Sleep apnea is one of the most common disorders that prevent you from getting the required amount of oxygen during your sleep. Since your body isn’t getting enough oxygen, it also means you are devoid of the real rest.[9]

If your body fails to get enough sleep, your body immediately notices it. As a result, you may often wake up in the middle of the night and thus have a hard time falling asleep again. Also, when you don’t get enough sleep during the night, you feel fatigued and want to complete it during the day. Thus, the feeling of tiredness during the day persists.

You may not realize the importance of sleep, but it can do wonders only if you move to it in the right direction. Also, various devices are available in the market that can make it easy for you to overcome sleep apnea.

Devices like Continuous Positive Airway Pressure (CPAP) can be of great help to keep airways open for the body. This eventually allows us to keep the air flowing in the body and thereby promoting a good night’s sleep.

Menopause

Menopausal women are more prone to feeling fatigued than anyone else. As women reach the age of menopause, they have a tough time sleeping. The irregular sleep can further be tough, and thus, the woman fails to get enough sleep.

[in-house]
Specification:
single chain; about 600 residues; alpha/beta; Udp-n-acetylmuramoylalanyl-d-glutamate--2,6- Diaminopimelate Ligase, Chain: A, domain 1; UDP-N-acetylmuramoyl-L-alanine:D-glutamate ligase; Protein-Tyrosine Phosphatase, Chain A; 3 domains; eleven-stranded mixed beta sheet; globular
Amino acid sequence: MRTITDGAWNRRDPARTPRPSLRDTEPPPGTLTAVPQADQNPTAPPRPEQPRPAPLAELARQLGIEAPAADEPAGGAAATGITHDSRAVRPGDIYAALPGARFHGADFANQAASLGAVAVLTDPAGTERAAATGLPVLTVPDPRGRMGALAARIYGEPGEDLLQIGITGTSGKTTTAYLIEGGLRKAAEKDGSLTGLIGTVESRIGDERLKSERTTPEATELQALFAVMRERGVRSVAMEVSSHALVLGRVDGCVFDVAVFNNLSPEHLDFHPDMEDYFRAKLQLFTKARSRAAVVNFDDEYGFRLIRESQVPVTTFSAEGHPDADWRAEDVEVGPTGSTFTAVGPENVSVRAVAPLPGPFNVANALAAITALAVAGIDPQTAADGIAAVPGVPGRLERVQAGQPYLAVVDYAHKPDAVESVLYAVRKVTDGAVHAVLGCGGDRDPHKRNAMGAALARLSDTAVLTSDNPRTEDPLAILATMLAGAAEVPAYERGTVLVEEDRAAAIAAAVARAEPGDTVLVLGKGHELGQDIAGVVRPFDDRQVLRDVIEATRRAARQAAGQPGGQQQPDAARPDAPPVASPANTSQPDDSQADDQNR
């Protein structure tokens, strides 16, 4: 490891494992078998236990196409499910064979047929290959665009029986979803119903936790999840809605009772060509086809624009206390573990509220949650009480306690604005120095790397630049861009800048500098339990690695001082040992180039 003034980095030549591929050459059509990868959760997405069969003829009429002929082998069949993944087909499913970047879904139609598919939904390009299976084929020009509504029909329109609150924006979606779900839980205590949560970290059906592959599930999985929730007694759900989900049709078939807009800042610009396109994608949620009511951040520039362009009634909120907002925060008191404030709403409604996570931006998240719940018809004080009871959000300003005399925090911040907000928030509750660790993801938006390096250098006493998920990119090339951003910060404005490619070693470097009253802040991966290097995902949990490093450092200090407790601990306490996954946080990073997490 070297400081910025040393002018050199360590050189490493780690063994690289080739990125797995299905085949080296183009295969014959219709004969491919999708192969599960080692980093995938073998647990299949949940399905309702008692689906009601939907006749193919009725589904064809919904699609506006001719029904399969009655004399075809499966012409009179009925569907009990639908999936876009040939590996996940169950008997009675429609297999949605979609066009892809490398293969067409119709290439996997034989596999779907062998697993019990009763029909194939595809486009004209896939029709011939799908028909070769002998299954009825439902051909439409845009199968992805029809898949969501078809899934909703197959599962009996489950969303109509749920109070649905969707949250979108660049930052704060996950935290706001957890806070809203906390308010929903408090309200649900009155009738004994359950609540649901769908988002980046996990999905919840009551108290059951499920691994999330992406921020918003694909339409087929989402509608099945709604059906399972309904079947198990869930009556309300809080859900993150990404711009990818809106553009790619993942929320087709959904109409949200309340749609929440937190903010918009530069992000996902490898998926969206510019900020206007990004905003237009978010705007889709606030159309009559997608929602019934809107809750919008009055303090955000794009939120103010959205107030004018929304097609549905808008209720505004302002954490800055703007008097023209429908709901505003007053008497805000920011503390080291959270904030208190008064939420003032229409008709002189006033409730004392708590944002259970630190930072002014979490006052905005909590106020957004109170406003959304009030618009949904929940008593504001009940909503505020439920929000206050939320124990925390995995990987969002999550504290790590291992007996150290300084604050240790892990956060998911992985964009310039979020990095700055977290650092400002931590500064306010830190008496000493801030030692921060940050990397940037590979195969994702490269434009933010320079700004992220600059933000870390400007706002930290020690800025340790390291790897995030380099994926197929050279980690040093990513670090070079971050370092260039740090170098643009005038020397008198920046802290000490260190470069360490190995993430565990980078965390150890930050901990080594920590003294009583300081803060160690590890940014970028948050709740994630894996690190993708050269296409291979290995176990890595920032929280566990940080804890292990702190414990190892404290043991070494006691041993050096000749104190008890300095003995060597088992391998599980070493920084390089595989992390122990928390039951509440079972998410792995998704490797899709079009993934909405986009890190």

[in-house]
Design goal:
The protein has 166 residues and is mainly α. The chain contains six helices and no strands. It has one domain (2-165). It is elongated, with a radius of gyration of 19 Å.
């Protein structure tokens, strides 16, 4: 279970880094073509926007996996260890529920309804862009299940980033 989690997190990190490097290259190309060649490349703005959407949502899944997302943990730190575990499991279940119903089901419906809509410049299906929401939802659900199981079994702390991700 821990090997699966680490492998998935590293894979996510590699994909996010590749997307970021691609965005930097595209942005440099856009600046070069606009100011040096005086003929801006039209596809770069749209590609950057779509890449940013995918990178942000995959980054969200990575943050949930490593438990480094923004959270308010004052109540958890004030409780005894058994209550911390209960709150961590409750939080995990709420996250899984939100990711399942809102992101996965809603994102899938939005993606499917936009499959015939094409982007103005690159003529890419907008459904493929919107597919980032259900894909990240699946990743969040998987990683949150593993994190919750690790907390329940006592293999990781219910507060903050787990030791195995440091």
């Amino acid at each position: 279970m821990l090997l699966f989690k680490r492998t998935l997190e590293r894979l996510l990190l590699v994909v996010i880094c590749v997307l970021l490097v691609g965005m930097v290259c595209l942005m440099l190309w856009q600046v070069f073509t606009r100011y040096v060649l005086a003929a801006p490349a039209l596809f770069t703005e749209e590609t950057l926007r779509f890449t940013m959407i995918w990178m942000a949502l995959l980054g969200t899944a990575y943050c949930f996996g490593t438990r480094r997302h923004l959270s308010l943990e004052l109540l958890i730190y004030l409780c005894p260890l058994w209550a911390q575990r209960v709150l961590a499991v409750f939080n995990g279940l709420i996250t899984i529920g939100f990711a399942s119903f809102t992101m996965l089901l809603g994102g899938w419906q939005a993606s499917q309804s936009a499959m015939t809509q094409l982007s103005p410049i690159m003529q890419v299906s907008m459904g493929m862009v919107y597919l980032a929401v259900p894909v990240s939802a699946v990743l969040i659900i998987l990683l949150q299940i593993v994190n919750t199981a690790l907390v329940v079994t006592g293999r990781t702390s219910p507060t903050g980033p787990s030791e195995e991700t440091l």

Menopausal women experience a lot of hormonal changes. This further paves the way for a lot of night sweats and hot flashes. These hot flashes and night sweats can keep you awake the entire night. Thus, the prevalence of staying tired the whole day becomes common.

Depression

Depression devoids your brain from producing the right chemicals. Serotonin, also known as the happiness hormone, makes you feel active and regulates the body clock.[10]

However, depression can reduce the level of serotonin production, thereby making you feel tired the entire day. Also, depressed people have a tough time sleeping and waking up as per the general schedule.[11]

If you have been feeling tired lately despite getting proper sleep, it is an indication that you need to see a doctor soon. It is necessary to begin with your therapy and medicine so that you can have a peaceful and comfortable life.


[1] https://www.ncbi.nlm.nih.gov/pmc/articles/PMC181235/

[2] Rothwell NJ, Hopkins SJ. Cytokines and the nervous system, 2: actions and mechanisms of action. Trends Neurosci. 1995;18:130–136. [PubMed] [Google Scholar]

[3] https://www.ncbi.nlm.nih.gov/pmc/articles/PMC3479364/

[4] https://www.ncbi.nlm.nih.gov/pmc/articles/PMC5247454/

[5] Sharpe M. Chronic fatigue syndrome. Psychiatr Clin North Am. 1996;19:549–573. [PubMed] [Google Scholar]

[6] https://www.ncbi.nlm.nih.gov/pmc/articles/PMC2662098/

[7] Bliwise DL. Sleep in normal aging and dementia. Sleep. 1993;16:40–81. [PubMed] [Google Scholar]

[8] https://www.ncbi.nlm.nih.gov/pmc/articles/PMC5072300/

[9] Cantor F. Central and peripheral fatigue: exemplified by multiple sclerosis and myasthenia gravis. PM R. 2010;2:399–405. [PubMed] [Google Scholar]

[10] Chaudhuri A, Behan PO. Fatigue and basal ganglia. J.Neurol.Sci. 2000;179:34–42. [PubMed] [Google Scholar]

[11] https://www.ncbi.nlm.nih.gov/pmc/articles/PMC1889939/

Leave a Reply